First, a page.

How is trigeminal neuralgia (TN) diagnosed?

Updated: Jul 11, 2019
  • Author: Manish K Singh, MD; Chief Editor: Robert A Egan, MD  more...
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Answer

No laboratory, electrophysiologic, or radiologic testing is routinely indicated for the diagnosis of TN, as patients with a characteristic history and normal neurologic examination may be treated without further workup.

Strict criteria for TN as defined by the International Headache Society (IHS) are as follows [1] :

  • A – Paroxysmal attacks of pain lasting from a fraction of a second to 2 minutes, affecting 1 or more divisions of the trigeminal nerve and fulfilling criteria B and C

  • B – Pain has at least 1 of the following characteristics: (1) intense, sharp, superficial or stabbing; or (2) precipitated from trigger areas or by trigger factors

  • C – Attacks stereotyped in the individual patient

  • D – No clinically evident neurologic deficit

  • E – Not attributed to another disorder

IHS criteria for symptomatic TN vary slightly from the strict criteria and include the following [1] :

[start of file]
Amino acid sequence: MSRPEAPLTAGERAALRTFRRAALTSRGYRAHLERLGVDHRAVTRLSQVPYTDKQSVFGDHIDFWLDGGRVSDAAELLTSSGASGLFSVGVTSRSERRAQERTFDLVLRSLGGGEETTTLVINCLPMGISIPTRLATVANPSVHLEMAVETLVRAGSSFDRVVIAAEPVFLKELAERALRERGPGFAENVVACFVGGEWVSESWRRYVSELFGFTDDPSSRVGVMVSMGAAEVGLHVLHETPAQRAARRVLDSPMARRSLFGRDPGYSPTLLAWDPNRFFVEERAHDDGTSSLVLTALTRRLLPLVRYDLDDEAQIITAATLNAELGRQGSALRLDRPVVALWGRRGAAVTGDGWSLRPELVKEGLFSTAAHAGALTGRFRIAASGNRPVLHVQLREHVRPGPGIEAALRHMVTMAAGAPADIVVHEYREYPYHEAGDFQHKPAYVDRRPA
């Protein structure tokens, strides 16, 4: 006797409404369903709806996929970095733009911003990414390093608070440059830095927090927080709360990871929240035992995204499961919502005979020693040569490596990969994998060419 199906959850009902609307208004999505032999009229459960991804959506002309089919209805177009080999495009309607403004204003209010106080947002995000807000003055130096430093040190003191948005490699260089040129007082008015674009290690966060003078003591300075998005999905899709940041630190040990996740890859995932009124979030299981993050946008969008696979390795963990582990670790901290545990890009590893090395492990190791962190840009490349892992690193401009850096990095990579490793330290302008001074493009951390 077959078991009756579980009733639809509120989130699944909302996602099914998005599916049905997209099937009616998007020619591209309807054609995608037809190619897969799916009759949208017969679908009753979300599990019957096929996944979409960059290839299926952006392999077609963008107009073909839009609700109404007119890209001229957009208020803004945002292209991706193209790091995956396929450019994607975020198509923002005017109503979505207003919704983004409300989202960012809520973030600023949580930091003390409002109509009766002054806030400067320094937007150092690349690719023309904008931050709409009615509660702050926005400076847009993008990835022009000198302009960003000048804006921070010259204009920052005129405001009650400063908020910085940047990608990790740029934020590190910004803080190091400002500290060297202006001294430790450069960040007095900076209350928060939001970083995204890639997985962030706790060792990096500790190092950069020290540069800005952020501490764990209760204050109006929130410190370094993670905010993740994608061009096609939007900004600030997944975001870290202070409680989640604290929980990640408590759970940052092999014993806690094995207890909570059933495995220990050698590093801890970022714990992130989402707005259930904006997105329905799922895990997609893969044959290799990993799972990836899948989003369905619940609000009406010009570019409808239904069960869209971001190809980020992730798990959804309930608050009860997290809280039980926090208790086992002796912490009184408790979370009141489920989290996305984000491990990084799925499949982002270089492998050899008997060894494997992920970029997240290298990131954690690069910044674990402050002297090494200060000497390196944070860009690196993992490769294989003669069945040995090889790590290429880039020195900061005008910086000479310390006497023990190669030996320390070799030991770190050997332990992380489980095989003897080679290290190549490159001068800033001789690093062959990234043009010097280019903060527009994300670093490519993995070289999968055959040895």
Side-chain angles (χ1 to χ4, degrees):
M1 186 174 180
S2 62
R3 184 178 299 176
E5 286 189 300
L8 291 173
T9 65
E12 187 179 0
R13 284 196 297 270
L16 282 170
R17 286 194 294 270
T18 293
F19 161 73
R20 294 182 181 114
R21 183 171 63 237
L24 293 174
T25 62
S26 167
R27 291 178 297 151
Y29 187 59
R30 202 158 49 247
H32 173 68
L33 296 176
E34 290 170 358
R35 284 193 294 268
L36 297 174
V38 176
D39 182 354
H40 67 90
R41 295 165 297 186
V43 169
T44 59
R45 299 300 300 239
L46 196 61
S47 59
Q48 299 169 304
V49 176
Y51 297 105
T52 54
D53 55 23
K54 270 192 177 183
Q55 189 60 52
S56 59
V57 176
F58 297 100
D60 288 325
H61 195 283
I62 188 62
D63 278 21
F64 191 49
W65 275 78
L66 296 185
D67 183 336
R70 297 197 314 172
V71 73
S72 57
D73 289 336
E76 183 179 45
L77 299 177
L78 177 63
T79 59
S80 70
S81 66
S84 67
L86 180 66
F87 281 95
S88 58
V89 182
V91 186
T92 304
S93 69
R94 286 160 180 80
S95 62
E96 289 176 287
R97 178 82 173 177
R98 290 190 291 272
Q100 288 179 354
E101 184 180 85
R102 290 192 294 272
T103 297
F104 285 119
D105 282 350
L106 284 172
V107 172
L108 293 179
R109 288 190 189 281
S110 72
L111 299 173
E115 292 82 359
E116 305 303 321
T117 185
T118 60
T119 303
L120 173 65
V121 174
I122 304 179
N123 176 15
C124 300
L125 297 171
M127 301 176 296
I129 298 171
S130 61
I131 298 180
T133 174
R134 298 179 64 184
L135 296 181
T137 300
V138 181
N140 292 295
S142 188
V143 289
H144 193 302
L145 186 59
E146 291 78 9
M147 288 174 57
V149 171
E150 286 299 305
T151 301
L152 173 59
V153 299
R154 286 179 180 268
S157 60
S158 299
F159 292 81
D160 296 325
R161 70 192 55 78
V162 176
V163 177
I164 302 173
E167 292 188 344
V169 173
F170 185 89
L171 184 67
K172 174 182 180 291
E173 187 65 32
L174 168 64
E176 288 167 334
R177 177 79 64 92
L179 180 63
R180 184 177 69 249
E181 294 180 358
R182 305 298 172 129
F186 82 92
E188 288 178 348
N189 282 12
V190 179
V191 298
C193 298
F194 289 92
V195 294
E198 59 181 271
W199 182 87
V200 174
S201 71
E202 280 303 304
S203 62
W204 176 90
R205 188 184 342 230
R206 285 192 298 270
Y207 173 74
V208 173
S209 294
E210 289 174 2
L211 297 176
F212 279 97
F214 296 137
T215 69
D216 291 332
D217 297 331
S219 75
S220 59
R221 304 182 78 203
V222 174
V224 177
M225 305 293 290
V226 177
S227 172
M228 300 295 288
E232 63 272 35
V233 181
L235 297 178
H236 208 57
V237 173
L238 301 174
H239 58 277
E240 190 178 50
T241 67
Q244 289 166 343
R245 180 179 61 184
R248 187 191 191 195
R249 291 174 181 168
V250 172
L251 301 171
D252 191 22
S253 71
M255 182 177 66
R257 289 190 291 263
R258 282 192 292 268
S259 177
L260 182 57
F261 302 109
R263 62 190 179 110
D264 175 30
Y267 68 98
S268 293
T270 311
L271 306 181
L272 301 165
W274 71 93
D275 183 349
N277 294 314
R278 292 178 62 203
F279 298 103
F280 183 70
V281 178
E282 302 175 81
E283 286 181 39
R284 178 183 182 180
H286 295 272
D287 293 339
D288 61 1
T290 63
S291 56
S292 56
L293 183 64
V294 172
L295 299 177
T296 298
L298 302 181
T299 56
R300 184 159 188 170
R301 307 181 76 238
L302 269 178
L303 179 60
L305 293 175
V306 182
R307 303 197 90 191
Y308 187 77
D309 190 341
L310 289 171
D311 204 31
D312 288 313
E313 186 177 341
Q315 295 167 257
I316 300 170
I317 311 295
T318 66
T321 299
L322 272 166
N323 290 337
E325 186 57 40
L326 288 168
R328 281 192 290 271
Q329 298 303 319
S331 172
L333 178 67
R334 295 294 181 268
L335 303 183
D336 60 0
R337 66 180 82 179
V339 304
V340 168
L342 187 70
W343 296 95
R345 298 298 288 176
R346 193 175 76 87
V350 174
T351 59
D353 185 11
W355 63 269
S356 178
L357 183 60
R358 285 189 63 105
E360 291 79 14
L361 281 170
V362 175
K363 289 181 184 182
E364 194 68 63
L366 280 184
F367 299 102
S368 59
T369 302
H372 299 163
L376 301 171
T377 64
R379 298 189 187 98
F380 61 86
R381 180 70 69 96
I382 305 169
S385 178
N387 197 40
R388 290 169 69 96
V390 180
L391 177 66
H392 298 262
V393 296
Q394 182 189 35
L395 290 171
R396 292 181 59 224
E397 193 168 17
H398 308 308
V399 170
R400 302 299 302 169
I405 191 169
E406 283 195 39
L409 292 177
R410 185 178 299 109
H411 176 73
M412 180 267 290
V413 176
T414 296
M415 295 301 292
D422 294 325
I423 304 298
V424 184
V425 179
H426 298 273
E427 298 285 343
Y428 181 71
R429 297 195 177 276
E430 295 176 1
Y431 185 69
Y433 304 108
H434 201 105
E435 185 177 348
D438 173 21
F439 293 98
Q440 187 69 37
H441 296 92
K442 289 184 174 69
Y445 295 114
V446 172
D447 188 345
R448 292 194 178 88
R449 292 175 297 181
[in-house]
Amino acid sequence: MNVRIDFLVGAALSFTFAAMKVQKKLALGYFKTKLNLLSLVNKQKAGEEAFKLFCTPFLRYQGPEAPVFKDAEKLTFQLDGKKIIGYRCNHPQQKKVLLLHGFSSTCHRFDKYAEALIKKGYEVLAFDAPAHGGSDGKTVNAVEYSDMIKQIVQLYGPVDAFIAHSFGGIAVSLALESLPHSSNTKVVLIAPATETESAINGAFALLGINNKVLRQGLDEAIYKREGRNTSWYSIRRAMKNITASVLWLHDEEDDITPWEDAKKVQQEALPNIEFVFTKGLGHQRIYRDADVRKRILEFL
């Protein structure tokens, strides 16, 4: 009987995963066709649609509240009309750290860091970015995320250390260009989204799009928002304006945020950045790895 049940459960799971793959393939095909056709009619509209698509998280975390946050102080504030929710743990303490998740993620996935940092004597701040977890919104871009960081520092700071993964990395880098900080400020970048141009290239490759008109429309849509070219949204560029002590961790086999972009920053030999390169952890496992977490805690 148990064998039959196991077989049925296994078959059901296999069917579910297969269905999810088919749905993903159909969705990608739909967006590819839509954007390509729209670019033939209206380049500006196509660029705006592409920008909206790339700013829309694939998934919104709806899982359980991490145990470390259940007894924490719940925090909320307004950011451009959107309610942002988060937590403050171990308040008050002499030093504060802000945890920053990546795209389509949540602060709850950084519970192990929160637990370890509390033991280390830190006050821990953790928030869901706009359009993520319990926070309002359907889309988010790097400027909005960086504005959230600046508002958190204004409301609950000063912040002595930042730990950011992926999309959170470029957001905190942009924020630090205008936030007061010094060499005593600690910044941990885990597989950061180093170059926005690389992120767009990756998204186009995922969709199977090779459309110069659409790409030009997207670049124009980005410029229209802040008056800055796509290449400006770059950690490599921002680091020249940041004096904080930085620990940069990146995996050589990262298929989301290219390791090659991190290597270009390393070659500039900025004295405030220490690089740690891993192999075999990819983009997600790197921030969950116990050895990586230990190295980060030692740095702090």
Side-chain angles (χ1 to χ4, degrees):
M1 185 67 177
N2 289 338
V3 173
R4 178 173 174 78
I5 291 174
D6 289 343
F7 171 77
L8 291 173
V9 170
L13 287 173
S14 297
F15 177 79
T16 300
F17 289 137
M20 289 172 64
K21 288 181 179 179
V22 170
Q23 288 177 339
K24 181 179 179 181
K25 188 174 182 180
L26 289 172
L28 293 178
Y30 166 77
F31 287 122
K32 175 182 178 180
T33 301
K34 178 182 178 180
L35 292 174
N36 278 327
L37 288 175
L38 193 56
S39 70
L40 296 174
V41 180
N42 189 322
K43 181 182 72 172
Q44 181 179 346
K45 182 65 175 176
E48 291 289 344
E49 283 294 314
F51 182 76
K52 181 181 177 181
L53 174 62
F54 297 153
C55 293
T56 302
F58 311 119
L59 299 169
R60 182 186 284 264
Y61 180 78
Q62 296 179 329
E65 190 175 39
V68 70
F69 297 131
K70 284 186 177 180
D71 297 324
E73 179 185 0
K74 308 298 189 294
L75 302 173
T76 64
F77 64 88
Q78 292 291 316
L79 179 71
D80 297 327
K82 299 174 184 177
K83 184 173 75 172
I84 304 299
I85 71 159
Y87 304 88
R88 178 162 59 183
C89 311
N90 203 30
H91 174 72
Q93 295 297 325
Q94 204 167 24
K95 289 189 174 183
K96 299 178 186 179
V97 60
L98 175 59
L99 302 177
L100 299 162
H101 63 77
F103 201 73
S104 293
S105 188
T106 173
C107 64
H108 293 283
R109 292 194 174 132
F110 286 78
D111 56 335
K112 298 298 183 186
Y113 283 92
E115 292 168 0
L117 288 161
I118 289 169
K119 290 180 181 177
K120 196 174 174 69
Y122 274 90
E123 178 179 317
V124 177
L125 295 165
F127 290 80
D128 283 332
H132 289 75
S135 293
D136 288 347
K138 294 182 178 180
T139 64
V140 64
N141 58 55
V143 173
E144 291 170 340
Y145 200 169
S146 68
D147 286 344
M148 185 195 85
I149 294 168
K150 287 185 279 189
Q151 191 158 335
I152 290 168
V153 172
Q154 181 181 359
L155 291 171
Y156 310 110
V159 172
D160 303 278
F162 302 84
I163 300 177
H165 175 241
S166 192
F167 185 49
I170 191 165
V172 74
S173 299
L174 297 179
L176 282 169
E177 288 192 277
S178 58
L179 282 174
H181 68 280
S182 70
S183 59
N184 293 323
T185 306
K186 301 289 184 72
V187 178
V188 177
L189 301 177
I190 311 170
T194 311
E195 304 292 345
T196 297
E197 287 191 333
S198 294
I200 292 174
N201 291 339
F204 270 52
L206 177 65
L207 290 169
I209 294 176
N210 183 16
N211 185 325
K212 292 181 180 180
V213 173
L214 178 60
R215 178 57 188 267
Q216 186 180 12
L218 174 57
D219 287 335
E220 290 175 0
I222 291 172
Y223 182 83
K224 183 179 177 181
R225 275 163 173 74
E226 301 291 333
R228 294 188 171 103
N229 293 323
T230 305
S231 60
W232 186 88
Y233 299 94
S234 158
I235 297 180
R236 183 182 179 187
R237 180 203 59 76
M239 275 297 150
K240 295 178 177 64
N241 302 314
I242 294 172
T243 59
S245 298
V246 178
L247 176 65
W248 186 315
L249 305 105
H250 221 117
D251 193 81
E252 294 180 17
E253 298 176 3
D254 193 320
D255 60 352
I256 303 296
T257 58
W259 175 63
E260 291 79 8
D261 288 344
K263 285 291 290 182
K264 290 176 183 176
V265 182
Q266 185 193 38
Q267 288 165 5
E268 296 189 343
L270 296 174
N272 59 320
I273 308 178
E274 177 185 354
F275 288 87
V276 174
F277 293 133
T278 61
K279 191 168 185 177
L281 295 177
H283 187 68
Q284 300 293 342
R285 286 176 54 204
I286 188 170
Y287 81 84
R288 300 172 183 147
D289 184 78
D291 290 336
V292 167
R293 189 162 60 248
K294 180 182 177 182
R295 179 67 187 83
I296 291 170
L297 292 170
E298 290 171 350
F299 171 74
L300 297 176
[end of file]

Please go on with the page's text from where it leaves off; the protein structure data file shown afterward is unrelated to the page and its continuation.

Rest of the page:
• A – Paroxysmal attacks of pain lasting from a fraction of a second to 2 minutes, with or without persistence of aching between paroxysms, affecting 1 or more divisions of the trigeminal nerve and fulfilling criteria B and C

  • B – Pain has at least 1 of the following characteristics: (1) intense, sharp, superficial or stabbing; or (2) precipitated from trigger areas or by trigger factors

  • C – Attacks stereotyped in the individual patient

  • D – A causative lesion, other than vascular compression, demonstrated by special investigations and/or posterior fossa exploration

A blood count and liver function tests are required if therapy with carbamazepine is contemplated. Oxcarbazepine can cause hyponatremia, so the serum sodium level should be measured after institution of therapy.

See Workup for more detail.


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